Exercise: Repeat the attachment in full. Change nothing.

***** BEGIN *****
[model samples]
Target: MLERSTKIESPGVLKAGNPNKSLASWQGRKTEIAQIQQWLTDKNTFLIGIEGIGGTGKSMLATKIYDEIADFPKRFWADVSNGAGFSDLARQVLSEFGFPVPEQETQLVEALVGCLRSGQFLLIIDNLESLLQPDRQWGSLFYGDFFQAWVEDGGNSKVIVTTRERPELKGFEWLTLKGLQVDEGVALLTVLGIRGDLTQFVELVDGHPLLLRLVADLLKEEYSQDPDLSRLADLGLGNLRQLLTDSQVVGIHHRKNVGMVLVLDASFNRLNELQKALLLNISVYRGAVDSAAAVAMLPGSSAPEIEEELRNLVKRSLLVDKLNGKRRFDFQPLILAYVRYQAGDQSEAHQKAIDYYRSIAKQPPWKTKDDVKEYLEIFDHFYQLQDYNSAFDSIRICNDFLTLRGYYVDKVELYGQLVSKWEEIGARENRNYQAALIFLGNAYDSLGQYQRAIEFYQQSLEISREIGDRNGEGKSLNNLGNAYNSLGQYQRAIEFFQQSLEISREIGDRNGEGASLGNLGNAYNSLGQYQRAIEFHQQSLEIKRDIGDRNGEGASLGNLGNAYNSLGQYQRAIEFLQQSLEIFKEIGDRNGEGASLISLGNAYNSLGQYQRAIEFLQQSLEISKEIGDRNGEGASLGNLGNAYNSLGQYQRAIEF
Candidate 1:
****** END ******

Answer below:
[model samples]
Target: MLERSTKIESPGVLKAGNPNKSLASWQGRKTEIAQIQQWLTDKNTFLIGIEGIGGTGKSMLATKIYDEIADFPKRFWADVSNGAGFSDLARQVLSEFGFPVPEQETQLVEALVGCLRSGQFLLIIDNLESLLQPDRQWGSLFYGDFFQAWVEDGGNSKVIVTTRERPELKGFEWLTLKGLQVDEGVALLTVLGIRGDLTQFVELVDGHPLLLRLVADLLKEEYSQDPDLSRLADLGLGNLRQLLTDSQVVGIHHRKNVGMVLVLDASFNRLNELQKALLLNISVYRGAVDSAAAVAMLPGSSAPEIEEELRNLVKRSLLVDKLNGKRRFDFQPLILAYVRYQAGDQSEAHQKAIDYYRSIAKQPPWKTKDDVKEYLEIFDHFYQLQDYNSAFDSIRICNDFLTLRGYYVDKVELYGQLVSKWEEIGARENRNYQAALIFLGNAYDSLGQYQRAIEFYQQSLEISREIGDRNGEGKSLNNLGNAYNSLGQYQRAIEFFQQSLEISREIGDRNGEGASLGNLGNAYNSLGQYQRAIEFHQQSLEIKRDIGDRNGEGASLGNLGNAYNSLGQYQRAIEFLQQSLEIFKEIGDRNGEGASLISLGNAYNSLGQYQRAIEFLQQSLEISKEIGDRNGEGASLGNLGNAYNSLGQYQRAIEF
Candidate 1: